Types of windmill
The type of windmill we see in our landscape today is still limited to the horizontal axis wind turbine (HAT). The axis is situated in a virtually horizontal position in the wind direction and the two or three blades turn perpendicular to the wind direction in the so-called rotor plane. The axis of the blades ends up in the ‘nacelle’ at the top of the mast, where the power generator is situated. The nacelle is also used to keep the rotor surface perpendicular to the wind. This is usually achieved using a ‘yaw motor’, which is driven electrically, by a small wind vane.
Standard generators have been built for a rotational speed that is far higher than that of the main axis of the wind turbine. So, a gearbox, which is also situated in the nacelle, must ensure that the higher rotational speed is achieved. Energy losses in the gearbox and generator are small, generally less than 5%. The nacelle also contains a mechanical brake (to stop the windmill in the event of excessive wind speeds) and a control unit.
VAT turbines are used too, particularly in Canada and the US: these ‘whiskers’ are vertical axis wind turbines that do not rely on the wind direction. They also have the advantage that no yaw system is needed and the generator can be positioned directly under the turbine. Disadvantages are a slightly lower yield and periodic variations in the wind load on the blades. However, VAT turbines would seem to be an attractive option in relation to the development of wind turbines in built-up areas, precisely because of their non-reliance on wind direction.
Lift principle and resistance machines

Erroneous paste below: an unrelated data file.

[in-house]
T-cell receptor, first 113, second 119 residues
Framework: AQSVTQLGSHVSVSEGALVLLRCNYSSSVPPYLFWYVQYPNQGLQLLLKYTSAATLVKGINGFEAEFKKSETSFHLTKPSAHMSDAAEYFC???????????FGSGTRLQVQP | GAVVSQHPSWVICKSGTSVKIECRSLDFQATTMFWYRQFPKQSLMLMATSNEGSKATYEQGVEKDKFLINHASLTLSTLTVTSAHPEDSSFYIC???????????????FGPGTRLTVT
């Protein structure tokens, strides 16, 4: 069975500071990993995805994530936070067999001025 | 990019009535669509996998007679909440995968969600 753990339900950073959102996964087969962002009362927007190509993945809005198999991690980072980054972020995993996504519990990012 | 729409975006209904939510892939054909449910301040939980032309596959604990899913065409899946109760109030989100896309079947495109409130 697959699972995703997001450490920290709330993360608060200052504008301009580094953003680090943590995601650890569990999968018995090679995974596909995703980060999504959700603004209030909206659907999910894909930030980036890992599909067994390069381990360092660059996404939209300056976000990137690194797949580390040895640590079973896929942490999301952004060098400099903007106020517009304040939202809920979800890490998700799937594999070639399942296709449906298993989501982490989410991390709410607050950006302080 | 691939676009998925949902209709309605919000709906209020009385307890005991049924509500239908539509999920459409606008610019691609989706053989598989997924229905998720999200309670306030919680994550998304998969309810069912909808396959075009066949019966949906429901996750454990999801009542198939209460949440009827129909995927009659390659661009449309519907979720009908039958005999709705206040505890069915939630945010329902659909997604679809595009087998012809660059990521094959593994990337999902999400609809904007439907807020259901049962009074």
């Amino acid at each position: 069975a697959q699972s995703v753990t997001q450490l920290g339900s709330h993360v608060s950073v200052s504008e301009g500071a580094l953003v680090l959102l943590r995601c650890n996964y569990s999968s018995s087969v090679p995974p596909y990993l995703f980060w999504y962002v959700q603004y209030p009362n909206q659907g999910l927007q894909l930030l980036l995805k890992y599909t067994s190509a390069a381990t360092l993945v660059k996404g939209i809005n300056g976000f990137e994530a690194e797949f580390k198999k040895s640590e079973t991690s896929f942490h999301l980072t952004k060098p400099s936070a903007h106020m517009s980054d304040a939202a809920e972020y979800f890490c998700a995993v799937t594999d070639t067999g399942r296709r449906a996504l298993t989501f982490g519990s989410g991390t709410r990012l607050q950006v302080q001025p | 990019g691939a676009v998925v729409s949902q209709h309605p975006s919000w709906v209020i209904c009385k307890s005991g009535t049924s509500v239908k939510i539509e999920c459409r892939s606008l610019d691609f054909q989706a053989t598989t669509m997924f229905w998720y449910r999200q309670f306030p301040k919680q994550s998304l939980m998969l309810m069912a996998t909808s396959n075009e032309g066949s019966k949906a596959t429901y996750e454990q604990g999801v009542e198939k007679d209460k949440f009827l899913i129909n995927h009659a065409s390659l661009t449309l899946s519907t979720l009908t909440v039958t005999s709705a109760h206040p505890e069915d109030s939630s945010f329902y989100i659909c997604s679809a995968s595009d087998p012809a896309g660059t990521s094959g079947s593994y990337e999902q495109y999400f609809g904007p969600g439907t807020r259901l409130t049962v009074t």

Both systems (HAT and VAT) usually work on the basis of the lift principle. The aerodynamic characteristics of the rotor blades (blades) ensure that they develop a speed that is higher than the wind speed itself. The effective force (lift) is virtually perpendicular to the forward direction of the rotor blade (in the direction of the wind). Lift machines achieve a higher yield and require less material than the so-called resistance machines. The principle on which these machines are based is that a body moves in the same direction as the wind direction. An example of this is the cup-anemometer, which is well known from wind speed meters. One side of the cup (the hollow side) has a greater air resistance than the other side (the rounded side). The hollow side moves with the wind (but always moves more slowly than the wind itself), while the rounded side moves against the wind, in order to return the hollow side to the position necessary for energy generation.
How many blades?
Driving past them in our cars, we are surprised that windmills usually have three and sometimes two blades. What’s the difference? Technically there are differences, which we will return to later, but the most important reason for the preference for three blades is aesthetic. Research has shown that people generally appreciate three-bladed wind turbines with a closed conical tower the most. The preference for three blades is probably connected to the optical perception of the turning rotor, which presents a far more peaceful scene for a three-bladed turbine than for a two-bladed one.
Technically speaking, a turbine with more (broad) blades has a lower rotational speed and greater force than a turbine with a small number of (narrow) blades, when the same amount of energy can be produced from wind. In the case of small turbines, a free choice is possible in principle, depending, for example, on the properties of the power generator.
The new, big windmills always have three blades and, as such, a low speed of rotation. This is because of noise pollution, which, to date, has played an important role in the installation of windmills on land. Sound production is largely determined by the tip speed of the blades. At lower wind speeds, the speed must generally be kept below 60 to 65 m/s. For a small windmill with a rotor diameter of 10 metres, this limits the rotational speed to 125 rotations per minute (rpm). For a large windmill, with a diameter of 80 metres, this will be just 16 rpm. So, to be able to achieve sufficient energy from the approaching air a third blade is needed.
In the case of wind at sea, noise pollution plays a less prominent role and fast, easy installation is vital. Therefore, the discussion of whether a windmill should have two or three blades is very much the subject of discussion again with the big windmill builders.